First visit by a FIFA committee to Syria since 2011

Damascus,  (Prensa Latina) A committee of the Fédération Internationale de Football Association (FIFA) visited Syria, considered the first trip of its kind since the start of the war in that country in 2011.

According to local media reports, the delegation visited the capital, monitored the elections of the Syrian Football Union and also toured a number of sports facilities to assess the situation of sport in the country.

According to a FIFA report quoted by Syrian television station al-Khabar, the impact of the war has diminished and football is improving with a strong system of men's football.

There are 14 teams in the first league and they play their matches in the cities of Damascus, Latakia, Aleppo, Hama and Homs, and the number of fans exceed 30,000 in each match, the report noted.

For its part, the Syrian Football Union demanded that the embargo imposed on the country's stadiums from 2011 be lifted and that the national team be allowed to play its international matches at home.

  • Published in Sports

Trump considering dramatic expansion of travel ban

The White House is considering dramatically expanding its much-litigated travel ban to additional countries amid a renewed election-year focus on immigration by United States President Donald Trump, according to six people familiar with the deliberations.

A document outlining the plans -- timed to coincide with the third anniversary of Trump's January 2017 executive order -- has been circulating in the White House.  But the countries that would be affected are blacked out, according to two of the people, sources who spoke to the Associated Press on condition of anonymity because the measure has yet to be finalised.

It is unclear exactly how many countries would be included in the expansion, but two of the sources said that seven countries - the majority of which are majority Muslim - would be added to the list.  The most recent addition to the ban includes restrictions on five majority-Muslim nations: Iran, Libya, Somalia, Syria and Yemen, as well as Venezuela and North Korea.

A different source said the expansion could focus on several countries that were included when Trump announced the first iteration of the ban but that were later removed amid rounds of contentious litigation.  Iraq, Sudan and Chad, for instance, had originally been affected by the order, which the U.S. Supreme Court upheld in a 5-4 vote after the administration released a watered-down version intended to withstand legal scrutiny.  Trump later criticised the U.S. Department of Justice for the changes.

The White House did not immediately respond to questions about the effort, which several of the sources said was timed for release in conjunction with the third anniversary of Trump's first travel ban.  That order sparked an uproar when it was announced on January 27, 2017, with massive protests across the nation and chaos at airports where passengers were detained.

The latest deliberations come as House Speaker Nancy Pelosi prepares to transmit to the Senate the articles of impeachment that the Democratic-led House passed in the US Congress against Trump late last year, launching a formal impeachment trial just as the 2020 election year gets underway.  Trump in December became just the third president in history to be impeached by the House.  The Republican-controlled Senate is not expected to remove him from office.

Trump ran his 2016 campaign promising to crack down on immigration and spent much of his first term fighting lawsuits trying to halt his push to build a wall along the southern border with Mexico, prohibit the entry of citizens from several majority-Muslim countries and crack down on migrants seeking asylum in the U.S., amid other measures.  He is expected to press those efforts again this year as he ramps up his re-election campaign.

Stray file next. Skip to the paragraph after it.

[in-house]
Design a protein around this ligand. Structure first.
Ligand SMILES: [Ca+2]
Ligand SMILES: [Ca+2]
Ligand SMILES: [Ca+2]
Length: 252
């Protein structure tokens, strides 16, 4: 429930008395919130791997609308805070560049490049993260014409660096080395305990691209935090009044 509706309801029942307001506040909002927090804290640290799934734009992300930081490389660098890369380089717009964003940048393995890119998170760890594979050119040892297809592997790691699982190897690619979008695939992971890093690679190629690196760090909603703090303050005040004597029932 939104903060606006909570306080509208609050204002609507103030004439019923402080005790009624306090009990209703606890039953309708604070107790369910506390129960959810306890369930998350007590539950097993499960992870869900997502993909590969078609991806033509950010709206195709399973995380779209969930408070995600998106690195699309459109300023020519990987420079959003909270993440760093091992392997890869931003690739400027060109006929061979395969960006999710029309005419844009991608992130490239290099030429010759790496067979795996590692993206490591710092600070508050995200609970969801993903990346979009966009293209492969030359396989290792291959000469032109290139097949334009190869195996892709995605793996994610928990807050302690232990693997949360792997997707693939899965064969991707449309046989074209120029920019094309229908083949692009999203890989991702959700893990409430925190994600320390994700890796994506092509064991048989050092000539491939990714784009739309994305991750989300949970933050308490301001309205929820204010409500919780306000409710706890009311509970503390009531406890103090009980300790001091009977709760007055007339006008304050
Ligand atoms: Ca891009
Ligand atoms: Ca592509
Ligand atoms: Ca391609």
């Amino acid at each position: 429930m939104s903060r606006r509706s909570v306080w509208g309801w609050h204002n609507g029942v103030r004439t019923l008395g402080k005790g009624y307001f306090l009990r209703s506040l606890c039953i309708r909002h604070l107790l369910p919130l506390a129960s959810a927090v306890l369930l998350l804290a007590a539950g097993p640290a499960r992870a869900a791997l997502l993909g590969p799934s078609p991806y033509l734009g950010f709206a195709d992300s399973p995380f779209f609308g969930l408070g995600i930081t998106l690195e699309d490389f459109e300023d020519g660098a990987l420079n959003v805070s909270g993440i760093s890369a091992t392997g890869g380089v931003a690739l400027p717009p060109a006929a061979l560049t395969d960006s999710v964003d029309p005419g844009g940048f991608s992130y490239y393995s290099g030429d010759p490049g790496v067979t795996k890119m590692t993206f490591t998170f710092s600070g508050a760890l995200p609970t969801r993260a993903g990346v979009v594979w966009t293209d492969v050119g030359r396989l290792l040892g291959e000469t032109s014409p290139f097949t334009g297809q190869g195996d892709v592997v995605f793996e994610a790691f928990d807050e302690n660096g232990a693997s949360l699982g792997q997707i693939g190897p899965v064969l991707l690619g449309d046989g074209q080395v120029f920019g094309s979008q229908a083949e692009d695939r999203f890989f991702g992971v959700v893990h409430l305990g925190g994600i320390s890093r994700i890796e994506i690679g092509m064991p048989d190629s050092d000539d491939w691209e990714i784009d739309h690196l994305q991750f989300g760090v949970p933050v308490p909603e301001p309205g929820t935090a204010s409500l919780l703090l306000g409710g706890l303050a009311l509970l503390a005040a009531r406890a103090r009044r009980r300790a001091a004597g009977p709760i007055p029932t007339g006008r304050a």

Just this past week, a coalition of leading civil rights organizations urged House leaders to take up the No Ban Act, legislation to end Trump's travel ban and prevent a new one.  The bill, introduced last year by Representative Judy Chu in the House and Senator Chris Coons in the Senate, would impose limits on the president's ability to restrict entry to the US.  It would require the administration to spell out its reasons for the restrictions and specifically prohibit religious discrimination.

Trump's revised ban eliminated some of the original's most contentious provisions, including making clear that those who held visas at the time of the signing could continue to enter the country.

  • Published in World

Cuban Trade Minister affirms his country’s continued support to Syria in all domains

Cuban Minister of Foreign Trade and Foreign Investment Rodrigo Malmierca affirmed that his country will continue to support Syria in all fields.

Meeting Syrian Ambassador to Cuba Dr. Idris Mayya at the building of the Trade Ministry in the capital city of Havana on Tuesday, Malmierca underlined the importance of benefiting from the available potentials to enhance relations between the two countries in the economic domain.

Talks during the meeting dealt with the current status of the bilateral relations between Syria and Cuba and means to develop and invigorate them, particularly on the economic level so as to serve the interests of the two friendly countries.

Ambassador Mayya, for his part, indicated that Syria’s participation in the 37th edition of Havana International Fair was a significant opportunity for showcasing some Syrian products which the Cuban market is in need for them.

He affirmed Syria’s readiness to do everything possible to upgrade the economic relations between the two countries to be up to the level of their distinguished political relations.

  • Published in Cuba

Syria’s Kurds strike deal with Assad after being abandoned by US

Kurdish-led forces in Syria have struck a deal with Bashar al-Assad’s government to hand over areas along the border to the Syrian army in a last ditch effort to halt a Turkish attack.

The Kurdish-led Syrian Democratic Forces, one of the west’s key allies in the fight against Isis, said the army would deploy along the border with Turkey “to repel this aggression and liberate the areas entered by the Turkish army and its hired mercenaries”.

The deal was struck in response to a wide-scale military operation launched by Turkey against the SDF last week, which has killed more than 60 civilians and sparked fears of ethnic cleansing.